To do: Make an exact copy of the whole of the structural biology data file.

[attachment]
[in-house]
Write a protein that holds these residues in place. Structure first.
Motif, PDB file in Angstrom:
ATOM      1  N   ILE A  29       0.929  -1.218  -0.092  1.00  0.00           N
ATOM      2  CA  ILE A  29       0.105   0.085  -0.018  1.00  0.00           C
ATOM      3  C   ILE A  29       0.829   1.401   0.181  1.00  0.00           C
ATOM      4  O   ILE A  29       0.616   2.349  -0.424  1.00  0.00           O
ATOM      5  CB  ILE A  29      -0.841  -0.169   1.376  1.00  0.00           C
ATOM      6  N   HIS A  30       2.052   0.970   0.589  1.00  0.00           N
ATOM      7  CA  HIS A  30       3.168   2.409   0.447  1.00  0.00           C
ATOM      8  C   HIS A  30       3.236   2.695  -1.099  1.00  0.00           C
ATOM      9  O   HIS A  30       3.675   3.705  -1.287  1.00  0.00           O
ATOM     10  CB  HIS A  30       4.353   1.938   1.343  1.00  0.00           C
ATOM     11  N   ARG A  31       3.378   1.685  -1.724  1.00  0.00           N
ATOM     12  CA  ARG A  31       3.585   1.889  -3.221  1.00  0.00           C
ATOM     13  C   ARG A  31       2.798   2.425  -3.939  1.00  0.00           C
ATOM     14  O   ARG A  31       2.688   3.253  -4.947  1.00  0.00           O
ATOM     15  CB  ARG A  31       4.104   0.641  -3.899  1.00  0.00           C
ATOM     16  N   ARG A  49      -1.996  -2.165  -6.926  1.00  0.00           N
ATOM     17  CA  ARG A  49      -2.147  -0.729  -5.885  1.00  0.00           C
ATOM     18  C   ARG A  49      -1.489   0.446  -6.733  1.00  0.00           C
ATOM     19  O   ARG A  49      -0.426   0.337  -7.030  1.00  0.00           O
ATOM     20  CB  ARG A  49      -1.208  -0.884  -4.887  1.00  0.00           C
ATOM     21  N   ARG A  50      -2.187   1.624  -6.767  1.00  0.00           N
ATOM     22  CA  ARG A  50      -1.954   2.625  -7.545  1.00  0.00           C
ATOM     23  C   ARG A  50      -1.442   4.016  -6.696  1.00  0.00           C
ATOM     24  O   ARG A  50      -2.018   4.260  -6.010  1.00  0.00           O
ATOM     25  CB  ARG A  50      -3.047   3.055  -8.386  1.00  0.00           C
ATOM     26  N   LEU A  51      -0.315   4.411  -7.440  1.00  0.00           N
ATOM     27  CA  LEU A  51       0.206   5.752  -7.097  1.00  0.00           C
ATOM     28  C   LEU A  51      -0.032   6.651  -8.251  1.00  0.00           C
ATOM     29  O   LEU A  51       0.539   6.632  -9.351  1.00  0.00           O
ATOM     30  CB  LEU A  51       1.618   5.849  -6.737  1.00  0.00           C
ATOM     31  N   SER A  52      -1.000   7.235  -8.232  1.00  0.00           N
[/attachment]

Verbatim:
[in-house]
Write a protein that holds these residues in place. Structure first.
Motif, PDB file in Angstrom:
ATOM      1  N   ILE A  29       0.929  -1.218  -0.092  1.00  0.00           N
ATOM      2  CA  ILE A  29       0.105   0.085  -0.018  1.00  0.00           C
ATOM      3  C   ILE A  29       0.829   1.401   0.181  1.00  0.00           C
ATOM      4  O   ILE A  29       0.616   2.349  -0.424  1.00  0.00           O
ATOM      5  CB  ILE A  29      -0.841  -0.169   1.376  1.00  0.00           C
ATOM      6  N   HIS A  30       2.052   0.970   0.589  1.00  0.00           N
ATOM      7  CA  HIS A  30       3.168   2.409   0.447  1.00  0.00           C
ATOM      8  C   HIS A  30       3.236   2.695  -1.099  1.00  0.00           C
ATOM      9  O   HIS A  30       3.675   3.705  -1.287  1.00  0.00           O
ATOM     10  CB  HIS A  30       4.353   1.938   1.343  1.00  0.00           C
ATOM     11  N   ARG A  31       3.378   1.685  -1.724  1.00  0.00           N
ATOM     12  CA  ARG A  31       3.585   1.889  -3.221  1.00  0.00           C
ATOM     13  C   ARG A  31       2.798   2.425  -3.939  1.00  0.00           C
ATOM     14  O   ARG A  31       2.688   3.253  -4.947  1.00  0.00           O
ATOM     15  CB  ARG A  31       4.104   0.641  -3.899  1.00  0.00           C
ATOM     16  N   ARG A  49      -1.996  -2.165  -6.926  1.00  0.00           N
ATOM     17  CA  ARG A  49      -2.147  -0.729  -5.885  1.00  0.00           C
ATOM     18  C   ARG A  49      -1.489   0.446  -6.733  1.00  0.00           C
ATOM     19  O   ARG A  49      -0.426   0.337  -7.030  1.00  0.00           O
ATOM     20  CB  ARG A  49      -1.208  -0.884  -4.887  1.00  0.00           C
ATOM     21  N   ARG A  50      -2.187   1.624  -6.767  1.00  0.00           N
ATOM     22  CA  ARG A  50      -1.954   2.625  -7.545  1.00  0.00           C
ATOM     23  C   ARG A  50      -1.442   4.016  -6.696  1.00  0.00           C
ATOM     24  O   ARG A  50      -2.018   4.260  -6.010  1.00  0.00           O
ATOM     25  CB  ARG A  50      -3.047   3.055  -8.386  1.00  0.00           C
ATOM     26  N   LEU A  51      -0.315   4.411  -7.440  1.00  0.00           N
ATOM     27  CA  LEU A  51       0.206   5.752  -7.097  1.00  0.00           C
ATOM     28  C   LEU A  51      -0.032   6.651  -8.251  1.00  0.00           C
ATOM     29  O   LEU A  51       0.539   6.632  -9.351  1.00  0.00           O
ATOM     30  CB  LEU A  51       1.618   5.849  -6.737  1.00  0.00           C
ATOM     31  N   SER A  52      -1.000   7.235  -8.232  1.00  0.00           N